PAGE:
Good news. I figured out the issue with the recovery time on my Garmin. I know you were all super interested in that … I’m kidding. BUT apparently some others were having the same issue (this is for you Lizzie and Jill). It’s a pretty easy fix. You just need to set the maximum heart rate in your user profile.
This can be done directly from your watch: go to My Stats > User Profile > Heart Rate Zones > Max Heart Rate or from the Garmin Connect app: go to More > Click on your Device (in the top right corner) > User Settings > Heart Rate Zones > Max Heart Rate.
Once you are here, adjust the maximum heart rate. If you aren’t sure what your maximum heart rate is, in the Garmin Connect app: go to Health Stats > All Day Heart Rate. You can see your low and high heart rates for each day for up to the last 12 months. I would recommend finding a hard race or fast repeat workout that you did and basing it on the maximum from that day.
At the two mile race I did last week, my maximum heart rate was just over 210. This is the highest heart rate that I have seen since I got my Garmin Forerunner 235. I adjusted this setting on my watch and the recovery feedback that I have been getting makes much more sense! Yay.
If you don’t go in and adjust the setting, the default maximum heart rate is 220 minus your age. For me this would be 189. Since my max heart rate is actually a decent amount higher than this, before I adjusted this setting my watch thought that I was basically redlining on all of my runs. No wonder it told me I needed to cool my jets!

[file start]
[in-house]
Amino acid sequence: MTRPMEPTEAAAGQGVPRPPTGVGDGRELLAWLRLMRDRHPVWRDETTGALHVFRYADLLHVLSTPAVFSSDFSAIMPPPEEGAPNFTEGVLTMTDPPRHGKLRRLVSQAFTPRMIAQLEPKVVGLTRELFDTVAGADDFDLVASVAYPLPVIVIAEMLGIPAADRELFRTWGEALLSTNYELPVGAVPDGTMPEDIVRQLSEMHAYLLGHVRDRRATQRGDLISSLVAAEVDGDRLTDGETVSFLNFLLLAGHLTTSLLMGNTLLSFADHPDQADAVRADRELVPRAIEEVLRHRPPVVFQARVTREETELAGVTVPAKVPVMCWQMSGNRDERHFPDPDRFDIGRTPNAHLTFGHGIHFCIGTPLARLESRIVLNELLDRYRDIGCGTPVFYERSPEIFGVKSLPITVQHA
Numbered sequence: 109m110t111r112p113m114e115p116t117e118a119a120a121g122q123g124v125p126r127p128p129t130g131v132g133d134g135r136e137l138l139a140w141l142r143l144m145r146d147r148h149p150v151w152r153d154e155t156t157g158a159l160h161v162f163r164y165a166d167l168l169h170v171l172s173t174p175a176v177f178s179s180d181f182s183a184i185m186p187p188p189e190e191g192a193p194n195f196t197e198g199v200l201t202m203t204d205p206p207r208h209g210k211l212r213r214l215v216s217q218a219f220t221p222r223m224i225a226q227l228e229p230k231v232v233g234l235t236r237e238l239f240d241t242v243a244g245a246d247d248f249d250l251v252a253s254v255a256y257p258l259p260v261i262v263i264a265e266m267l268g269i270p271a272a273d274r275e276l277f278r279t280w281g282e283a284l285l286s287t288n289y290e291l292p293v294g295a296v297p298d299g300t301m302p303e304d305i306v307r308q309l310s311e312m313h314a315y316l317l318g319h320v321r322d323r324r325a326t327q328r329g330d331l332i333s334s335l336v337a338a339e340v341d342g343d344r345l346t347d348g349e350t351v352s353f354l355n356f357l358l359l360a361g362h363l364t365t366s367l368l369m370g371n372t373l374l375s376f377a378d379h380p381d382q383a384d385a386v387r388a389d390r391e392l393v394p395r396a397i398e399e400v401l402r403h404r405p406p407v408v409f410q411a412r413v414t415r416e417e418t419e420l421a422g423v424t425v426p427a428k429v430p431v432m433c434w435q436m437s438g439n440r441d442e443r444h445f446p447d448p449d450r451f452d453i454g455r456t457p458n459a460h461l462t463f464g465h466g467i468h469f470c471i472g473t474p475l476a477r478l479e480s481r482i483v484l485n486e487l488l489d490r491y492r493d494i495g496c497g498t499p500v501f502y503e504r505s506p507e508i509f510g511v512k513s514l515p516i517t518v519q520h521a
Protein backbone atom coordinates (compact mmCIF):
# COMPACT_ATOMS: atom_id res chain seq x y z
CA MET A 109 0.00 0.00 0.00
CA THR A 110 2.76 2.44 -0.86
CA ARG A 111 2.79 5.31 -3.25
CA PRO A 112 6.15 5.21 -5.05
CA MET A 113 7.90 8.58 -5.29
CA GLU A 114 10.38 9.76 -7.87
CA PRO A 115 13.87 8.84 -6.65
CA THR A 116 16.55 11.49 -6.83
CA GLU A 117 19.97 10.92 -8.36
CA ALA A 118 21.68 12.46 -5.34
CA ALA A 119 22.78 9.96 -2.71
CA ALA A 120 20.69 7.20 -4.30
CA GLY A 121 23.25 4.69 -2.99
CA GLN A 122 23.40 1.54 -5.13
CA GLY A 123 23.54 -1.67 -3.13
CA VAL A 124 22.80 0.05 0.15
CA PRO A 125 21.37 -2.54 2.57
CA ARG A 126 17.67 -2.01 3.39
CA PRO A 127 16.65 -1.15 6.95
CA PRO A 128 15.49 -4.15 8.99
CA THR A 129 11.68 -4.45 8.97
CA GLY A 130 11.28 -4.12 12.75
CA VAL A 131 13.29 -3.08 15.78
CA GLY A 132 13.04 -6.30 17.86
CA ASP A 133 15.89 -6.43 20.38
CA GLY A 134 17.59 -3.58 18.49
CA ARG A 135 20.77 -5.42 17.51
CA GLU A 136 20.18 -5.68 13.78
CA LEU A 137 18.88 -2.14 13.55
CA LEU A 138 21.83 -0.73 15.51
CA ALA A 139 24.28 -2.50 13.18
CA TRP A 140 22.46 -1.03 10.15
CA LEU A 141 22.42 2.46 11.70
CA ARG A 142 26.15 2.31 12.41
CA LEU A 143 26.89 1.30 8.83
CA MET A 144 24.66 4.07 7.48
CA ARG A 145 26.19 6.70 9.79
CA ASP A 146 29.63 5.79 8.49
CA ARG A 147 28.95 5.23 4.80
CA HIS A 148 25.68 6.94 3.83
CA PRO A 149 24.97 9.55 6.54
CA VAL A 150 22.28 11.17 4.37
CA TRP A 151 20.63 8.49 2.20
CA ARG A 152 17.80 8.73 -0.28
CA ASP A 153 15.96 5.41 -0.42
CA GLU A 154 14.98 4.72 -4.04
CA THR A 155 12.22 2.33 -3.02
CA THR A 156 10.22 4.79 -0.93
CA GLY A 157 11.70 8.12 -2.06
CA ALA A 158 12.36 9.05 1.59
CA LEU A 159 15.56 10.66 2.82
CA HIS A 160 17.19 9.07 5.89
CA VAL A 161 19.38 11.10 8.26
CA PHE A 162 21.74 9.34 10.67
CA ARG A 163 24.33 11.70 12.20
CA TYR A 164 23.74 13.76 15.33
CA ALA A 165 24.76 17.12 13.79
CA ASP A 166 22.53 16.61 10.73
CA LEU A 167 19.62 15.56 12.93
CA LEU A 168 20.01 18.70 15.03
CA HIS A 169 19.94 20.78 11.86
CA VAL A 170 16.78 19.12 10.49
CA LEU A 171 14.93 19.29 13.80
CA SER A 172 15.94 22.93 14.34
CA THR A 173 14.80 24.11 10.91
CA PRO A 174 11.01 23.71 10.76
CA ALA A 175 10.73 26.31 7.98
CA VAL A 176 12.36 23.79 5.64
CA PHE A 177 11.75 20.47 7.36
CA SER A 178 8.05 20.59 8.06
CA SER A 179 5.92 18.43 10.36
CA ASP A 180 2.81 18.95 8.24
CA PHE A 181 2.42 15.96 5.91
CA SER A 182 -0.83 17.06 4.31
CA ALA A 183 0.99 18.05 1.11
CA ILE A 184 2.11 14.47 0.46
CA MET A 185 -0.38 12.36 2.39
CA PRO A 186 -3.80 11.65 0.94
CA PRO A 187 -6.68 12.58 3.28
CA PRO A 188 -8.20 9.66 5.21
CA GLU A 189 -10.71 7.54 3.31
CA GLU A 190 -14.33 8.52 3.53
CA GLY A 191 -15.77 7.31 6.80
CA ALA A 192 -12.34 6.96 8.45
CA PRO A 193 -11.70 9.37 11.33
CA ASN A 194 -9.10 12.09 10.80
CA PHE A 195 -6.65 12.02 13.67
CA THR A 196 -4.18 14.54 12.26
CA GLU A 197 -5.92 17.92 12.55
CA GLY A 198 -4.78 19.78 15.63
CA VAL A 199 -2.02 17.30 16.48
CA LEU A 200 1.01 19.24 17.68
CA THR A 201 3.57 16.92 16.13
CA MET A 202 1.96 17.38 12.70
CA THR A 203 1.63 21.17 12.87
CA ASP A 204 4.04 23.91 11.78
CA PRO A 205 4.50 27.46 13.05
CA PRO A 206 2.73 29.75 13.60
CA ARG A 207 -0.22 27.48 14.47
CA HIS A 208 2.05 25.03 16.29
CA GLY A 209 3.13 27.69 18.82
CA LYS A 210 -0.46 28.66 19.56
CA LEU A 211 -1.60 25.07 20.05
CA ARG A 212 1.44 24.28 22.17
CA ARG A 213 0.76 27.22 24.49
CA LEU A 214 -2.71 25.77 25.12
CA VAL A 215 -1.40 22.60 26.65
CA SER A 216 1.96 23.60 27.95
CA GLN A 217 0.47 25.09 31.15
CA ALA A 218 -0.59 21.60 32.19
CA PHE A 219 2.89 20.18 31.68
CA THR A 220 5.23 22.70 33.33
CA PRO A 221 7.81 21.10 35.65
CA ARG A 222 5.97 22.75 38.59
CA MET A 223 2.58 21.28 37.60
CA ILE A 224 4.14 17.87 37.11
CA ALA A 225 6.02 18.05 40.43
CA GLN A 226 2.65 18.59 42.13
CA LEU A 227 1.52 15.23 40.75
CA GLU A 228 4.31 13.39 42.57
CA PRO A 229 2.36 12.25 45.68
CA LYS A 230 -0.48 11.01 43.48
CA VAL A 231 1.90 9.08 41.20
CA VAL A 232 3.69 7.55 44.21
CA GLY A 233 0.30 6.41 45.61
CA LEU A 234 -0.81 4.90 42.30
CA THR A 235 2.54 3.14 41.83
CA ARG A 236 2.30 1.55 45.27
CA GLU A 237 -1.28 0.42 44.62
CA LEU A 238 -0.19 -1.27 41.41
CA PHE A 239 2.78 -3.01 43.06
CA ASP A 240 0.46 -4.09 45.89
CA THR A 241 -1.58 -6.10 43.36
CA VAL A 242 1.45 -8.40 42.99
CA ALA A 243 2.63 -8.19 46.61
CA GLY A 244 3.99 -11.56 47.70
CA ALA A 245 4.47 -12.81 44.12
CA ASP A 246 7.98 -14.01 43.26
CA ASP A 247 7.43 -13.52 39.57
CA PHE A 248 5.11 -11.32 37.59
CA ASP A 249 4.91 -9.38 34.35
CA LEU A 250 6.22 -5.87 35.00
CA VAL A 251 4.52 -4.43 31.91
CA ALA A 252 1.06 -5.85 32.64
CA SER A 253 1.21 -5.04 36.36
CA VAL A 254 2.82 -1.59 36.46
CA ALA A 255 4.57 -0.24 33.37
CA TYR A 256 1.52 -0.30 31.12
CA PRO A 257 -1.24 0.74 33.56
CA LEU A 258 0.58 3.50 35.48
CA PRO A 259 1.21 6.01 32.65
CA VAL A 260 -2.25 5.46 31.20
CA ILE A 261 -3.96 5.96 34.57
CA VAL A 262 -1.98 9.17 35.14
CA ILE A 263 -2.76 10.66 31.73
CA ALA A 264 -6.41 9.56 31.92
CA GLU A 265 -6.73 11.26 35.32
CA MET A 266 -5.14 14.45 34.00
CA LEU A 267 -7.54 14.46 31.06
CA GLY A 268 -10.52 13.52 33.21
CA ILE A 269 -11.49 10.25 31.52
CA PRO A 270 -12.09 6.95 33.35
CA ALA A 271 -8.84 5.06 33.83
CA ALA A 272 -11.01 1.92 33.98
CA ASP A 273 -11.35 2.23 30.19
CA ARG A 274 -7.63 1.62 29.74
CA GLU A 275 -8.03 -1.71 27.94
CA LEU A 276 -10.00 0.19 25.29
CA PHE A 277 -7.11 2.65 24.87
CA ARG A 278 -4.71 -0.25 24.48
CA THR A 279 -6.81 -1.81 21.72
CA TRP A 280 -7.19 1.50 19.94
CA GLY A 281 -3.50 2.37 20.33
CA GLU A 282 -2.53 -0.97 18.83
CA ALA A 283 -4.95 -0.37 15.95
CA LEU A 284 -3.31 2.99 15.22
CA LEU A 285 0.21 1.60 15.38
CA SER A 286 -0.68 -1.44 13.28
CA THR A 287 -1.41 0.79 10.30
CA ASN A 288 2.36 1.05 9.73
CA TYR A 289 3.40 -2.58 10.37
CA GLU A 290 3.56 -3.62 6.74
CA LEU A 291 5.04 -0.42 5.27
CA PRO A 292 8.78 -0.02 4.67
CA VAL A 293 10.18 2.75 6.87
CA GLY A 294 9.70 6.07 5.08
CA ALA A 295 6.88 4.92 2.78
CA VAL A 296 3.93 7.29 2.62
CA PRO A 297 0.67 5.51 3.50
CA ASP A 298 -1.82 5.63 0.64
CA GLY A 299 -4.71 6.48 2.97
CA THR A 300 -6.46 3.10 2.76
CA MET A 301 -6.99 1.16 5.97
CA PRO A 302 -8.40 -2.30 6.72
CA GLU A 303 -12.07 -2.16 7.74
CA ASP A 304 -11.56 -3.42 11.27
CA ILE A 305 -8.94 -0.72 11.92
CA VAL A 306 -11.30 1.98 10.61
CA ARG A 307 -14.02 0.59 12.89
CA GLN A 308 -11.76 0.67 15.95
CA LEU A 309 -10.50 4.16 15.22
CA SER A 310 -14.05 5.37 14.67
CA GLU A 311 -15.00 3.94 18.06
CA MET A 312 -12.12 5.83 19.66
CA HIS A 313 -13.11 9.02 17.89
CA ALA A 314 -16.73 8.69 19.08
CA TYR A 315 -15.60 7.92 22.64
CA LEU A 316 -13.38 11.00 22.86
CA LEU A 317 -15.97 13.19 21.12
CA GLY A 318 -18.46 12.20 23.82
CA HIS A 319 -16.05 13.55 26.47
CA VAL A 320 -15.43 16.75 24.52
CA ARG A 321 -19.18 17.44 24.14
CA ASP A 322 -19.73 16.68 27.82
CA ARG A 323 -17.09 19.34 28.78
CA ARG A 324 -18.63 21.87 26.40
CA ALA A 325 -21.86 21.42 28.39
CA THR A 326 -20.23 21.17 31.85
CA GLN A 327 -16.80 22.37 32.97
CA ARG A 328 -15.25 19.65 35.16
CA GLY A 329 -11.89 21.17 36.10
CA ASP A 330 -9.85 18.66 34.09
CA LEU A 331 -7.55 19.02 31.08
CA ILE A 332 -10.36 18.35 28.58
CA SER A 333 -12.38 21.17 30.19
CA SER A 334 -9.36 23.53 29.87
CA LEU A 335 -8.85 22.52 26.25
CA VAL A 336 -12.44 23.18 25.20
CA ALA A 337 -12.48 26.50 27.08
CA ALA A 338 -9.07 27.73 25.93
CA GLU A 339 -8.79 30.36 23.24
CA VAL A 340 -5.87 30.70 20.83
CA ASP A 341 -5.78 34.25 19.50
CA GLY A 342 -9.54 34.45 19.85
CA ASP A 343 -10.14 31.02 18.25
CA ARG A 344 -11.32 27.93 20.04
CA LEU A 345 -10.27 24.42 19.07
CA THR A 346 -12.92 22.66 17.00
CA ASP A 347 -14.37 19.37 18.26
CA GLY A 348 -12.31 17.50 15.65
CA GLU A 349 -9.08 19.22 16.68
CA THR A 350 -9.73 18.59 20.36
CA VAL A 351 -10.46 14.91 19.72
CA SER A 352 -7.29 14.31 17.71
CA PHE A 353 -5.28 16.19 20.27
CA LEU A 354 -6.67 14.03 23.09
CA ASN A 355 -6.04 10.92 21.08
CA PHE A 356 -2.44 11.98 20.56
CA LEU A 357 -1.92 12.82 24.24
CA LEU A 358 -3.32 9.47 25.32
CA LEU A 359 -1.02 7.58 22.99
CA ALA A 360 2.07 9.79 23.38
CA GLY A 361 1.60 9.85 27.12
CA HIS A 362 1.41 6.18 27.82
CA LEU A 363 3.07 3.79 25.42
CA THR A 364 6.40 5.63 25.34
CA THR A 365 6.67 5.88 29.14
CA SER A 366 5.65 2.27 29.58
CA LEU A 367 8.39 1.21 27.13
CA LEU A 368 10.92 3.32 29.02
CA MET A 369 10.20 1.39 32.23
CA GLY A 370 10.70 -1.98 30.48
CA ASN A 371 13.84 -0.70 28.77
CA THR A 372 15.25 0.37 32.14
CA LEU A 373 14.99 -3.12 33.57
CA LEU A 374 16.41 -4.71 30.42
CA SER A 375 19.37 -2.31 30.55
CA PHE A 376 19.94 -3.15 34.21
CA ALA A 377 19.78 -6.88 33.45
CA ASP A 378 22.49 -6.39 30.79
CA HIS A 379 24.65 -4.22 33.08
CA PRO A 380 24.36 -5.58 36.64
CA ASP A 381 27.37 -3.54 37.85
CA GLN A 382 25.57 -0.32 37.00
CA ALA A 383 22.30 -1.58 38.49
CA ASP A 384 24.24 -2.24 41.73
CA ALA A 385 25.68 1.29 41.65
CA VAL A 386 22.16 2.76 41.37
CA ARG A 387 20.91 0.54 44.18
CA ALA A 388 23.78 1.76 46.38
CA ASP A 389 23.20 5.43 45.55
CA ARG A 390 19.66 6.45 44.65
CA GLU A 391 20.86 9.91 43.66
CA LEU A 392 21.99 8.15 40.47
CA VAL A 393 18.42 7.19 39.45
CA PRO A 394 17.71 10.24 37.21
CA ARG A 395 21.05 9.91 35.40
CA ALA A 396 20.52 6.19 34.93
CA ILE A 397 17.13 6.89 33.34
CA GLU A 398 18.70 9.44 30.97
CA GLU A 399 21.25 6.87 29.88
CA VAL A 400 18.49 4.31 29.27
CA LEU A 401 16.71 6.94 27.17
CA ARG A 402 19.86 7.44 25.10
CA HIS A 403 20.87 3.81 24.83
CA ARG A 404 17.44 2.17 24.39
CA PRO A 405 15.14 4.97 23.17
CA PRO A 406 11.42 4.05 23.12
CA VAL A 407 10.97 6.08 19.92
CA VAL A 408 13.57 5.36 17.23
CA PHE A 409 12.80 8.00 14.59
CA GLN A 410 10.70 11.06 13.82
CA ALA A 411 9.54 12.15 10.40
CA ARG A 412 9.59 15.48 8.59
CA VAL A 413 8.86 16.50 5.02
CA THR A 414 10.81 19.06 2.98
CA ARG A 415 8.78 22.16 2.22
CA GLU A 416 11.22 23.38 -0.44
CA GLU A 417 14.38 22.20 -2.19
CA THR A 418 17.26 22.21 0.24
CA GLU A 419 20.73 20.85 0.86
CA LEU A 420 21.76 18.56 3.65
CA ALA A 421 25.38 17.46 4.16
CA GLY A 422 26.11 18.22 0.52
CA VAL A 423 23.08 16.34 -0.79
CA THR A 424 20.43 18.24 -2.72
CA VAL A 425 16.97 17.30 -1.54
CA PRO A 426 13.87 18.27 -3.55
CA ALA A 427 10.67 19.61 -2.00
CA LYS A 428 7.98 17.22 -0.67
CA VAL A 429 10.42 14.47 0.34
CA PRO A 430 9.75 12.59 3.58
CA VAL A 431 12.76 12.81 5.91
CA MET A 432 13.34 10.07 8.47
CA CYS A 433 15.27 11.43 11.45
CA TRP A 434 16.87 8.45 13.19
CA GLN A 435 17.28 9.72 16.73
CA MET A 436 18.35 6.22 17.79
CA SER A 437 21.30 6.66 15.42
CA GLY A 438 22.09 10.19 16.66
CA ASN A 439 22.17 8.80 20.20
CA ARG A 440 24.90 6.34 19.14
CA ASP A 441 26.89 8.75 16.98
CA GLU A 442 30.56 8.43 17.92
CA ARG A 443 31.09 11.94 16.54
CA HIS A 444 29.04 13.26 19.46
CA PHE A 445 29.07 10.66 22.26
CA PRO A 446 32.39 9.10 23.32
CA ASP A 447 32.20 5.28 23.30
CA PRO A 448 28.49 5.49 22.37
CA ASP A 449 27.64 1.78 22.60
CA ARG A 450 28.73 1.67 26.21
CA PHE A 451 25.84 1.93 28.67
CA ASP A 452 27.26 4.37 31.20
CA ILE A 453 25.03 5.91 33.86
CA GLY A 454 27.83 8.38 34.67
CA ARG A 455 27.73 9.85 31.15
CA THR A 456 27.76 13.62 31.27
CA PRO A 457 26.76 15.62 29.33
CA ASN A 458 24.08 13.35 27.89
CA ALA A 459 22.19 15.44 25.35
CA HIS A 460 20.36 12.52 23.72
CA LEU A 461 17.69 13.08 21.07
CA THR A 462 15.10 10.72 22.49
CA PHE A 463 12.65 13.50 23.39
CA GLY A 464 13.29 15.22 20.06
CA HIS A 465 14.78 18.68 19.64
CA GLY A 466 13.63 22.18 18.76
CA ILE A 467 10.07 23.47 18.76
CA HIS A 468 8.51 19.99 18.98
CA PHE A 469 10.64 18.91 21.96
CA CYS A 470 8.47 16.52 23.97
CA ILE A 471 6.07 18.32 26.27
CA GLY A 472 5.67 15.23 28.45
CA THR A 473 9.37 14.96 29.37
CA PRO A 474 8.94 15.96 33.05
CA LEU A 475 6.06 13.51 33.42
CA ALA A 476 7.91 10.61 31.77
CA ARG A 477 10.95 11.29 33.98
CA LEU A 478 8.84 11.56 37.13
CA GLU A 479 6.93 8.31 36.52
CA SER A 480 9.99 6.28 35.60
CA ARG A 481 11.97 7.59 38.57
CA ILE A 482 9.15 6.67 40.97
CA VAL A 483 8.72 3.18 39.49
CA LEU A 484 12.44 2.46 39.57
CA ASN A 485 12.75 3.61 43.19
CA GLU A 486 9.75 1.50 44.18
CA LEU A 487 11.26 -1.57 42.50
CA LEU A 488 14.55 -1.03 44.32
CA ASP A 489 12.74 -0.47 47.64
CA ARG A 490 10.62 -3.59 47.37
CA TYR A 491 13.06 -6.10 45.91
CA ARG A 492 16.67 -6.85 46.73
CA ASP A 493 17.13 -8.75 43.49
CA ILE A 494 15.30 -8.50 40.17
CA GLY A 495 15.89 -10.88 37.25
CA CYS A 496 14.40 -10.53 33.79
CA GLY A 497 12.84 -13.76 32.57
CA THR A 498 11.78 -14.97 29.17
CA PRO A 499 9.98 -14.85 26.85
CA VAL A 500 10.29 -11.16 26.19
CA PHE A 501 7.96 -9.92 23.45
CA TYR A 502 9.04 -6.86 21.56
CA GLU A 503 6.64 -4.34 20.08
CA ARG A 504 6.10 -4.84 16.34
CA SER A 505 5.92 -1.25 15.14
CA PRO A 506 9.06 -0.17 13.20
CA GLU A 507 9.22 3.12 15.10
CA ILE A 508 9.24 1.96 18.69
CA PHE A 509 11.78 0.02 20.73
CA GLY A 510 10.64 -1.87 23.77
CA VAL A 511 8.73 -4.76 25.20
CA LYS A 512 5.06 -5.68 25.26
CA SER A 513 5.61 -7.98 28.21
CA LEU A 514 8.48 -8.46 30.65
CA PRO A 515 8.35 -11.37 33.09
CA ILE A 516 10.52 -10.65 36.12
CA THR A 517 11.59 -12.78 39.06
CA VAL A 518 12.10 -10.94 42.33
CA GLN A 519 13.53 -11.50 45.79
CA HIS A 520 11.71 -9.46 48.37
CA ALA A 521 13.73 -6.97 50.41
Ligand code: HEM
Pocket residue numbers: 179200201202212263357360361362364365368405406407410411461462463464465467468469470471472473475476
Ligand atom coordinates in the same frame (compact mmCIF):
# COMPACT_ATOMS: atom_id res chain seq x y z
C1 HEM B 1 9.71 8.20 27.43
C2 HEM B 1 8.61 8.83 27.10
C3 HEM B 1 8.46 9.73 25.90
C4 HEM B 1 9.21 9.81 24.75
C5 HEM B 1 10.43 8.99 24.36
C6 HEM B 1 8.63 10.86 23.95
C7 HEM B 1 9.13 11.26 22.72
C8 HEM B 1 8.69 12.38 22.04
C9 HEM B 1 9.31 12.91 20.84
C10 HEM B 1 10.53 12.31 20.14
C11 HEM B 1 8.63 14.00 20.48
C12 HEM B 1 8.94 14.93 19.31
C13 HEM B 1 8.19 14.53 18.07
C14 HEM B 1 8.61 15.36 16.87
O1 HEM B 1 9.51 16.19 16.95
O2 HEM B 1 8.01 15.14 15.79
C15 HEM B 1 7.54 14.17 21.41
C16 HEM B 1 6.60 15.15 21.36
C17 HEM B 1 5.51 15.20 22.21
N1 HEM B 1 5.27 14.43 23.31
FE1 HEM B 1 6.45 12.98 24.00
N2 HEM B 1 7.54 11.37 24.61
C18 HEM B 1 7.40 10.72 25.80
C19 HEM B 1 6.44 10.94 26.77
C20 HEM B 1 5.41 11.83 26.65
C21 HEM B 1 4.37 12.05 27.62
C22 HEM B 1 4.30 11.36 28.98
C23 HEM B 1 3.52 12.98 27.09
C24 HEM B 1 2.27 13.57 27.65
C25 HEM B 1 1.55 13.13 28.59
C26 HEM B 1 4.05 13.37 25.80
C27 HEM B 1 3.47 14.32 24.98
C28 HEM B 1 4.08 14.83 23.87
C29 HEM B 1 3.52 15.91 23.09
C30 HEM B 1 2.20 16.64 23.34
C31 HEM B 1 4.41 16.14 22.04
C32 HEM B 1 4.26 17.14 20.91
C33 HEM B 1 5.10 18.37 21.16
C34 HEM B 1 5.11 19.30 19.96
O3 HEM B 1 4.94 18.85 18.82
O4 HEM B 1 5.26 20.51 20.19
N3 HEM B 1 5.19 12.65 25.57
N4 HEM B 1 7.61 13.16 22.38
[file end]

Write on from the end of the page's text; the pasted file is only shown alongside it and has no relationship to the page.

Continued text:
Unfortunately most Garmin watches don’t automatically update these stats based on your actual data. The built-in heart rate sensors are still a relatively new technology. According to Garmin, “While our wrist HR monitor technology is state of the art, there are inherent limitations with the technology that may cause some of the heart rate readings to be inaccurate under certain circumstances. These circumstances include the user’s physical characteristics, the fit of the device and the type and intensity of the activity as outlined above.”
I try to pay attention to my heart rate levels after each stress workout that I do, as this gives you good feedback as to whether you were training at the correct intensity to get the desired adaptation from the workout. An elevated resting heart rate can be a sign of over-training and/or dehydration, so it’s a good idea to monitor your resting heart rate as well.
I mainly just wanted to share this info today, but since we are here I might as well fill you in on my weekend runs as well …
Saturday morning I ran with Daniel and his training buddies. My schedule called for a moderate pace long run and their normal long run pace is basically my long run pace, so that works out pretty well.
I wasn’t quite in the range that I was supposed to be, but I’m still happy with this run overall! Post run we did the usual breakfast and hang out at Warehouse thing. After this run my Garmin told me that I needed 19 hours of recovery, which makes much more sense than the typical 72 hours that it has been telling me. Success.
This morning I met the girls at the pier and did 11 easy miles. We had a great run! Post run we did the usual caffeinate and hang out at Coffee Loft thing. Daniel came and met us and brought the iPad so that we could watch the Women’s Olympic Marathon live. We had three top-notch women representing the United States and they all ran their hearts out! It was very inspiring to watch.
I hope you had a great weekend! See ya soon!